The importance of saving is a concept many people struggle with, but the struggle of saving is more prevalent in teenagers of our society. About 57% of Americans have less than $1,000 in their savings accounts, with the average amount of money in a checking account being $4,436. Most teenagers don’t even have anywhere near that kind of money, but they have enough to visit the vending machine one to two times a day. This post is meant to open one’s eyes to the power of compounding. Let’s talk about my friend Ryan.
Ryan visits the vending machine about once a day. With a range of snacks from a Coca-Cola to a Hershey chocolate bars with a low initial cost of $0.75 to $1.50, the vending machines are quite hard to resist. On an average day, Ryan will spend $2.25 on a bag of gummy bears ($1.25) and a Diet Snapple ($1.00). For a midday snack, it isn’t a bad price, but over time it can add up. If Ryan spent $2.25 everyday for two months of school days (40 days) it totals to $90.00. That was a little anticlimactic (I swore it would be a higher total). Even still with $90.00 you can buy a tablet, Polaroid camera, T.V. monitor or about seven and a half copies of Early Bird: The Power of Investing Young. To make my point even stronger let’s say Ryan bought his favorite snack for the rest of his high school career (4 years). That would total to $2,160, a.k.a. too much money to spend on a vending machine.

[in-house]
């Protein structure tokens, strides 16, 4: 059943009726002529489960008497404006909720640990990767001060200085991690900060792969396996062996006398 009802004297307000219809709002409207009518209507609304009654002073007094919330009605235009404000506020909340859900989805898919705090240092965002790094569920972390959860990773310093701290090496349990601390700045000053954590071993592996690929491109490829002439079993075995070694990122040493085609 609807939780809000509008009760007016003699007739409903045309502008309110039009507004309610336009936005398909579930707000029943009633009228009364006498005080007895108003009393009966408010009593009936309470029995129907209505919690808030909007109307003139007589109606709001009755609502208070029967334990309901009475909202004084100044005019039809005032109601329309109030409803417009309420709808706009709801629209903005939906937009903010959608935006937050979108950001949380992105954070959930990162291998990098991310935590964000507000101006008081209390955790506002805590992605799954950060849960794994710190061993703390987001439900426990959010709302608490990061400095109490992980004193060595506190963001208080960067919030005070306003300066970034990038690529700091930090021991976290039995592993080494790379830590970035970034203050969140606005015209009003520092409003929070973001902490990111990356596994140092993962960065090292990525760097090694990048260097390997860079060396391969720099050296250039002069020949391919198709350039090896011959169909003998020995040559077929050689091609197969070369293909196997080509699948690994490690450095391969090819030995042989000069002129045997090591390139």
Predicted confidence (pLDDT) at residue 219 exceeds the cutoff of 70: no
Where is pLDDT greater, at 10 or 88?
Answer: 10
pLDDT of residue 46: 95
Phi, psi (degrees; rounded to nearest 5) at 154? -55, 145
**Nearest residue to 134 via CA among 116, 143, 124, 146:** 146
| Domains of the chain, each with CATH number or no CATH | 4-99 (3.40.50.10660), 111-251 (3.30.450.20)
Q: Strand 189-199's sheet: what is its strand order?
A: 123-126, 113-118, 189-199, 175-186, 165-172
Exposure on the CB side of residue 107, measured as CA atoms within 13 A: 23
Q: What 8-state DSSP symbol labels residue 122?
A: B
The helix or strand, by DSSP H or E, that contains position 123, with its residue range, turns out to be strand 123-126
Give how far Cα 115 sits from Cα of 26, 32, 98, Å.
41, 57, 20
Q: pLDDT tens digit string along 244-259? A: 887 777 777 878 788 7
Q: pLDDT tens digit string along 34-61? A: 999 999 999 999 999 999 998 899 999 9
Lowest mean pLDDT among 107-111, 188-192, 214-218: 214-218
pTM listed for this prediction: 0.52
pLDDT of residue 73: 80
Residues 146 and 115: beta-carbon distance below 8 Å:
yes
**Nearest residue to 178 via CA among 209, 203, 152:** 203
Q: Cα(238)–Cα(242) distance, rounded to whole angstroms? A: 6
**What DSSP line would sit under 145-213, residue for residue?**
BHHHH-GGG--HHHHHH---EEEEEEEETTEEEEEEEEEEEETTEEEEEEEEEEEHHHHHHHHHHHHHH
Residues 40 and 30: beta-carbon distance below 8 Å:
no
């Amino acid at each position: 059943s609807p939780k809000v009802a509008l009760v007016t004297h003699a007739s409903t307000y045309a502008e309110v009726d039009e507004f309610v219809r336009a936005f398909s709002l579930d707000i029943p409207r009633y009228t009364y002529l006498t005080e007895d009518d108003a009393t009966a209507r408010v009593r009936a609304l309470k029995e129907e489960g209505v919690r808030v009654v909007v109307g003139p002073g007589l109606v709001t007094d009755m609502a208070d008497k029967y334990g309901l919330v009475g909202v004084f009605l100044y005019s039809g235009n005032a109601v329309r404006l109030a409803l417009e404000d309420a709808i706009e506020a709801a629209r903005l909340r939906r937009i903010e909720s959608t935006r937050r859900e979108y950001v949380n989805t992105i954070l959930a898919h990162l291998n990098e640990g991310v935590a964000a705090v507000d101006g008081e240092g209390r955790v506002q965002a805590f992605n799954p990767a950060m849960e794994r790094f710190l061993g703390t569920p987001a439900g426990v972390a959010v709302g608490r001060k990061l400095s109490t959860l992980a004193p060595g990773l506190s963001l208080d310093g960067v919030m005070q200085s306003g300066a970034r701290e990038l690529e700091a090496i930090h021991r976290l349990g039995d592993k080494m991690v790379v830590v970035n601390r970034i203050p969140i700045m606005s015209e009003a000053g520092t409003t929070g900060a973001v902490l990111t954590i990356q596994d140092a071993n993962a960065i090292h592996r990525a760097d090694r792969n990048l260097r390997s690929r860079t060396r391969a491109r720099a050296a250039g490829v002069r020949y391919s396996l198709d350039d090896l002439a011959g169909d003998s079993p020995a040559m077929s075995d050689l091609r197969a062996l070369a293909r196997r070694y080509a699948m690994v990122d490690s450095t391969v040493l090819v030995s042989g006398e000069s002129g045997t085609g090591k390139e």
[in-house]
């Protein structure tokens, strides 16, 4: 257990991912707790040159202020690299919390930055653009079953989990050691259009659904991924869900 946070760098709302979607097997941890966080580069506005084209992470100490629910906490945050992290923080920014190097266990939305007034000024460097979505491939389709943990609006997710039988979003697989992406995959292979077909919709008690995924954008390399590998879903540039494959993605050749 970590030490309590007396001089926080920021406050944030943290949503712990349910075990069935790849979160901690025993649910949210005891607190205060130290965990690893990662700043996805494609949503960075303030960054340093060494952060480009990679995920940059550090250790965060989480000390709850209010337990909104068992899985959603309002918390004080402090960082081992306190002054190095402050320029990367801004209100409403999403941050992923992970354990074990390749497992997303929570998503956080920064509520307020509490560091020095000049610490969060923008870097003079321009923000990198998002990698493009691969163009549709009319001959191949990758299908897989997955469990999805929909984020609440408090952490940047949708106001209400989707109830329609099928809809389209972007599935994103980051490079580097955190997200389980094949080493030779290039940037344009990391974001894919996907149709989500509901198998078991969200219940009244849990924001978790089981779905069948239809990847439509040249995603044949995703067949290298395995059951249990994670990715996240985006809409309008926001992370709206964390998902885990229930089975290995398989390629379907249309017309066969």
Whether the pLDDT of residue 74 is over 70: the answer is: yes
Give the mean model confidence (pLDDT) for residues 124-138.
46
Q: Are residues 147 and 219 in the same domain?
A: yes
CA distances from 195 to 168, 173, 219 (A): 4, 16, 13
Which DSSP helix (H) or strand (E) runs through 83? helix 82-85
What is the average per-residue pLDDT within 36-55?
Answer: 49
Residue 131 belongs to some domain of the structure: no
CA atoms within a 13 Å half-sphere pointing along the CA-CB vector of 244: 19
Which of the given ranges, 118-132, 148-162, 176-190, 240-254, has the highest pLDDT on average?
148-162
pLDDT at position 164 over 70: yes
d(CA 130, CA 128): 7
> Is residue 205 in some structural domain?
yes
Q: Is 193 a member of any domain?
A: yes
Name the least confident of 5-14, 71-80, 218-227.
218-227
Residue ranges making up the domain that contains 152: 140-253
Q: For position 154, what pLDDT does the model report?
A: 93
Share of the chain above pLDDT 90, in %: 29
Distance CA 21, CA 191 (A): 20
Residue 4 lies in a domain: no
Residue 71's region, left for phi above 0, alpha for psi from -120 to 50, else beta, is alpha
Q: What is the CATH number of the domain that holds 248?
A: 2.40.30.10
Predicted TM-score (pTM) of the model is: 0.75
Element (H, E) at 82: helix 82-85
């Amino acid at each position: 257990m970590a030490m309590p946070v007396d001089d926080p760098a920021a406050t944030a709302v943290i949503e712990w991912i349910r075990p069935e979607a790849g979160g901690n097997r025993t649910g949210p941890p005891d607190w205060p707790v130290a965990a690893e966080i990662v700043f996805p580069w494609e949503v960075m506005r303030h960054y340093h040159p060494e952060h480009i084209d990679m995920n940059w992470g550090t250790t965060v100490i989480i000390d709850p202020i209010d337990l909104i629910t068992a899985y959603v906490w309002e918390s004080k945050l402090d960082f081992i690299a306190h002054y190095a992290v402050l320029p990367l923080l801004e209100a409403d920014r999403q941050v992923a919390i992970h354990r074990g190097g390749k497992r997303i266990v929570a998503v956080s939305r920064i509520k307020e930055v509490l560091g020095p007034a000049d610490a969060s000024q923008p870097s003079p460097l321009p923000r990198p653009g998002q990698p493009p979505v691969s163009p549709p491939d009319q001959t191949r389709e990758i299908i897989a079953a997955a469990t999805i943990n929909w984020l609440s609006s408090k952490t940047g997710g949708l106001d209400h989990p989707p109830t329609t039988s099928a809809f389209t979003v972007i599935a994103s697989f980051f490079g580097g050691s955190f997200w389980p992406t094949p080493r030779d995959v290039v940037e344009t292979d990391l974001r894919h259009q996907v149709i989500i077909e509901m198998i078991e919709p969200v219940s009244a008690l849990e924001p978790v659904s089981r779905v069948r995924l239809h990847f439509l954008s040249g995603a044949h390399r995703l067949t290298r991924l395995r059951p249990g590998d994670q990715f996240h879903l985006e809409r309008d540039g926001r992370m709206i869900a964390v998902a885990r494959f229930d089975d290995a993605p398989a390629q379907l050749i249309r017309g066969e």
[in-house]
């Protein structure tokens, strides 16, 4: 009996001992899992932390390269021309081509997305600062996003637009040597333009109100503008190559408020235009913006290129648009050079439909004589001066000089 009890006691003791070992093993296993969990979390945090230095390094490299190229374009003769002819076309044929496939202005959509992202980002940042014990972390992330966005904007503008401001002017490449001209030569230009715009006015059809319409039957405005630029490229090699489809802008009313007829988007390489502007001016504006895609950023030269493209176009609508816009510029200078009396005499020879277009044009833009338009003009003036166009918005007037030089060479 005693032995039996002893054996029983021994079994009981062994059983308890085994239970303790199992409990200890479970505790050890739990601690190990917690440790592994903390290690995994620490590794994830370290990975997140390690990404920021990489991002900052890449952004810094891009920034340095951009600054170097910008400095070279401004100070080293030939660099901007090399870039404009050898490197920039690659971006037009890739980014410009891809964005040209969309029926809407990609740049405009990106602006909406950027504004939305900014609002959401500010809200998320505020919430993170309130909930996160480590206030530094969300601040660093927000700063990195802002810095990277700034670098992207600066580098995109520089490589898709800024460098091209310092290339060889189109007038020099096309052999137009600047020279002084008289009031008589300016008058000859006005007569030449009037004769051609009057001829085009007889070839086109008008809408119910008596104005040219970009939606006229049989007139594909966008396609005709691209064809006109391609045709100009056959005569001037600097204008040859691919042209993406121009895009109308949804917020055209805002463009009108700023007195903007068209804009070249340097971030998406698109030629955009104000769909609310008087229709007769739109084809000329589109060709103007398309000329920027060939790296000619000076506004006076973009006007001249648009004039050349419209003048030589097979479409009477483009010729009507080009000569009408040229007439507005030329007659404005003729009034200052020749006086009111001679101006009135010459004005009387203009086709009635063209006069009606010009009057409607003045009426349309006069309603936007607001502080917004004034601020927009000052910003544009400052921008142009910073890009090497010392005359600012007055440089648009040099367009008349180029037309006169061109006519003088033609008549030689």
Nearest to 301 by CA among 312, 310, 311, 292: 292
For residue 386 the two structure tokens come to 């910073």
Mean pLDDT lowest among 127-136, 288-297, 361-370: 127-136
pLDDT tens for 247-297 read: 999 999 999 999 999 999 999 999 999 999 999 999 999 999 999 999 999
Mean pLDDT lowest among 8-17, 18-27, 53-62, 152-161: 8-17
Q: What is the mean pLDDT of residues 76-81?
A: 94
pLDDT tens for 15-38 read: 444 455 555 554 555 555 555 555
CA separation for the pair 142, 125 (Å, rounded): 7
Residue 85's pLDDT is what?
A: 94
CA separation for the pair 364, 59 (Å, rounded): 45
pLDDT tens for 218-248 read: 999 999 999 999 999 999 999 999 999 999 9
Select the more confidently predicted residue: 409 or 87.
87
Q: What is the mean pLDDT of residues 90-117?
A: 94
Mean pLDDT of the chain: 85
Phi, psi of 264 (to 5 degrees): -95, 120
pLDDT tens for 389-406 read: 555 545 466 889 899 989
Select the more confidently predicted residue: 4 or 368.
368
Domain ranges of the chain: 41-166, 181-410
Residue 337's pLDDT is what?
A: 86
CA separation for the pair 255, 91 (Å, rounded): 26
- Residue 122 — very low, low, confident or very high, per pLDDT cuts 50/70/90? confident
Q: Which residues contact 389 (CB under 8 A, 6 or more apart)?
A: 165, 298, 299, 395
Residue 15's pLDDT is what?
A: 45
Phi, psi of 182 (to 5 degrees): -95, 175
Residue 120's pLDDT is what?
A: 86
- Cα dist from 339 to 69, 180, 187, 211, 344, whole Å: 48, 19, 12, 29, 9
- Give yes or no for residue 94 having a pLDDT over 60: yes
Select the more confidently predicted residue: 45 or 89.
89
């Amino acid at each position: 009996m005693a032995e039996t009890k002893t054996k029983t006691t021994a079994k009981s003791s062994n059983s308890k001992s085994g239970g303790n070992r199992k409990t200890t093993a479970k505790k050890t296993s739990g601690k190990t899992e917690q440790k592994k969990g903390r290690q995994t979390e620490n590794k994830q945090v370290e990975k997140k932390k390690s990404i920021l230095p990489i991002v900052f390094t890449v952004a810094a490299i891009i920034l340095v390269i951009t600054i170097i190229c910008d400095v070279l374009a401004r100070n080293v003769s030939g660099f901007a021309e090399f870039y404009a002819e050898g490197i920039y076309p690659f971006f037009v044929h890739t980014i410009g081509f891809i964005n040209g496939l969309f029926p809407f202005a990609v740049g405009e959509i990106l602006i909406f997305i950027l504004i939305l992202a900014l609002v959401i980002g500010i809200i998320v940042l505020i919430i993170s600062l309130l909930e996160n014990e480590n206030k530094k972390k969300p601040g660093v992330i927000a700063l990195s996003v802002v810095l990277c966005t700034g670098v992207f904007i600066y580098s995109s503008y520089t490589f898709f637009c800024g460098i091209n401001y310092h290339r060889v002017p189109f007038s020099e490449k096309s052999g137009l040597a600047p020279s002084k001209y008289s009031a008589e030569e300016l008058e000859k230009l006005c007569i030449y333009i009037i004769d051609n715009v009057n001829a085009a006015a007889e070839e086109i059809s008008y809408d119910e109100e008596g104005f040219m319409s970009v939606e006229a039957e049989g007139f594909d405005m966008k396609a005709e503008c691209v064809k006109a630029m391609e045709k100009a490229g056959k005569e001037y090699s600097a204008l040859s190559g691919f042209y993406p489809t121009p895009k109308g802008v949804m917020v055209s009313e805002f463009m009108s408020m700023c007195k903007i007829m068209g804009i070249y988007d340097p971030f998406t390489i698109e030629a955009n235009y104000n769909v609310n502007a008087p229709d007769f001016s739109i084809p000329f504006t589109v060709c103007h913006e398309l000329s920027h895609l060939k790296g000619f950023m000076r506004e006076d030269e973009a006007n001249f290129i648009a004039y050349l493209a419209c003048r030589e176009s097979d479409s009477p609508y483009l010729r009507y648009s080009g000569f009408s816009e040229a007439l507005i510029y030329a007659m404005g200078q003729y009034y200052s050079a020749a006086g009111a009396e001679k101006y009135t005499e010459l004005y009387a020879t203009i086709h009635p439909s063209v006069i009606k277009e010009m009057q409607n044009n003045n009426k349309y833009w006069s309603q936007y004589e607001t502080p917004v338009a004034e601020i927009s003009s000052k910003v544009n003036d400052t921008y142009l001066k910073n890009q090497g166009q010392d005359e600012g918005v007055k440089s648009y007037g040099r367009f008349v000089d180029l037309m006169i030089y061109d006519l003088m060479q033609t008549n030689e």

I am not bashing Ryan’s snacking, so let’s see how he could put a positive spin by going on a spending diet. Let’s see what happens if he saved on snacks and chowed down on compound interest. Assuming Ryan retires at age 65 and starts investing in a stable company now (age 15) with an annual compound growth rate of 10% his money could grow and grow.
Using Moneychimp’s compound interest calculator, we can see the value of an initial investment of $540.00 (a year’s worth of snacks), compounded over 50 years (about the time it would take him to retire). Ryan’s money would’ve compounded to $63,391.06. I don’t know about Ryan, but I would much rather have $63,391.06 in 50 years than a few snacks today.
Finally if Ryan took the $1.50 he spent on a candy bar and invested it with the same time frame and interest rate, he would make $176.09. Would you rather please your taste buds right now or get an extra $174.59 50 years from now?